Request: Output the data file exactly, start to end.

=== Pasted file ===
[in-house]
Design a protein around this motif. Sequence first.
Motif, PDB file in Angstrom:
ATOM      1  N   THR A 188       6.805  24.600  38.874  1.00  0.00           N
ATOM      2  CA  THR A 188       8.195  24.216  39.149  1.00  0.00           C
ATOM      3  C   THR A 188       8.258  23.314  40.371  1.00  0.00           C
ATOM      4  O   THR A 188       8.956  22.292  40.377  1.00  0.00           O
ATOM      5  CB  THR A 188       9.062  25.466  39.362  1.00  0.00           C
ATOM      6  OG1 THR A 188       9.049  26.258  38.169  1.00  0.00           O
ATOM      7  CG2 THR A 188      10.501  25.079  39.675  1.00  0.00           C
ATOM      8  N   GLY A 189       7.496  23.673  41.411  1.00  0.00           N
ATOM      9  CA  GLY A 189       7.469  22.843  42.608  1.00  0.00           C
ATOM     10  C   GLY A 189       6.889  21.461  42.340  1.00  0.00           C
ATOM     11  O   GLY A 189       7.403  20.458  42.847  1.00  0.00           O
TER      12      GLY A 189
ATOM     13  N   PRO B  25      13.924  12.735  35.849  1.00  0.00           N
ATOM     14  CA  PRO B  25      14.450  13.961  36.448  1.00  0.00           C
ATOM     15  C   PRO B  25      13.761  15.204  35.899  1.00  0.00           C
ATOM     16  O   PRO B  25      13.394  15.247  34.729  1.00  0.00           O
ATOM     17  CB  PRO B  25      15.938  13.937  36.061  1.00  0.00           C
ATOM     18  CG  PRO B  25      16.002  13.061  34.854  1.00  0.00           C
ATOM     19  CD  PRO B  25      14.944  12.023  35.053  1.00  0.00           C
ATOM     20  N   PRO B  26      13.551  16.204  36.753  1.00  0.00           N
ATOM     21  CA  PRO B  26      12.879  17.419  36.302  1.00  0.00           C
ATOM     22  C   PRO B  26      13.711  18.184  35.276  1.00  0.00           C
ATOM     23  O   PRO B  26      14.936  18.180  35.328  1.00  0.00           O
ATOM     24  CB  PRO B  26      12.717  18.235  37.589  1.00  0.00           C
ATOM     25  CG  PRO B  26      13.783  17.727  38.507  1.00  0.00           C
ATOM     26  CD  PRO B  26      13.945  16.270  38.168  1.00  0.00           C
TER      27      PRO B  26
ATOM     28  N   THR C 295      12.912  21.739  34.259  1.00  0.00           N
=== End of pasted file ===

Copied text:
[in-house]
Design a protein around this motif. Sequence first.
Motif, PDB file in Angstrom:
ATOM      1  N   THR A 188       6.805  24.600  38.874  1.00  0.00           N
ATOM      2  CA  THR A 188       8.195  24.216  39.149  1.00  0.00           C
ATOM      3  C   THR A 188       8.258  23.314  40.371  1.00  0.00           C
ATOM      4  O   THR A 188       8.956  22.292  40.377  1.00  0.00           O
ATOM      5  CB  THR A 188       9.062  25.466  39.362  1.00  0.00           C
ATOM      6  OG1 THR A 188       9.049  26.258  38.169  1.00  0.00           O
ATOM      7  CG2 THR A 188      10.501  25.079  39.675  1.00  0.00           C
ATOM      8  N   GLY A 189       7.496  23.673  41.411  1.00  0.00           N
ATOM      9  CA  GLY A 189       7.469  22.843  42.608  1.00  0.00           C
ATOM     10  C   GLY A 189       6.889  21.461  42.340  1.00  0.00           C
ATOM     11  O   GLY A 189       7.403  20.458  42.847  1.00  0.00           O
TER      12      GLY A 189
ATOM     13  N   PRO B  25      13.924  12.735  35.849  1.00  0.00           N
ATOM     14  CA  PRO B  25      14.450  13.961  36.448  1.00  0.00           C
ATOM     15  C   PRO B  25      13.761  15.204  35.899  1.00  0.00           C
ATOM     16  O   PRO B  25      13.394  15.247  34.729  1.00  0.00           O
ATOM     17  CB  PRO B  25      15.938  13.937  36.061  1.00  0.00           C
ATOM     18  CG  PRO B  25      16.002  13.061  34.854  1.00  0.00           C
ATOM     19  CD  PRO B  25      14.944  12.023  35.053  1.00  0.00           C
ATOM     20  N   PRO B  26      13.551  16.204  36.753  1.00  0.00           N
ATOM     21  CA  PRO B  26      12.879  17.419  36.302  1.00  0.00           C
ATOM     22  C   PRO B  26      13.711  18.184  35.276  1.00  0.00           C
ATOM     23  O   PRO B  26      14.936  18.180  35.328  1.00  0.00           O
ATOM     24  CB  PRO B  26      12.717  18.235  37.589  1.00  0.00           C
ATOM     25  CG  PRO B  26      13.783  17.727  38.507  1.00  0.00           C
ATOM     26  CD  PRO B  26      13.945  16.270  38.168  1.00  0.00           C
TER      27      PRO B  26
ATOM     28  N   THR C 295      12.912  21.739  34.259  1.00  0.00           N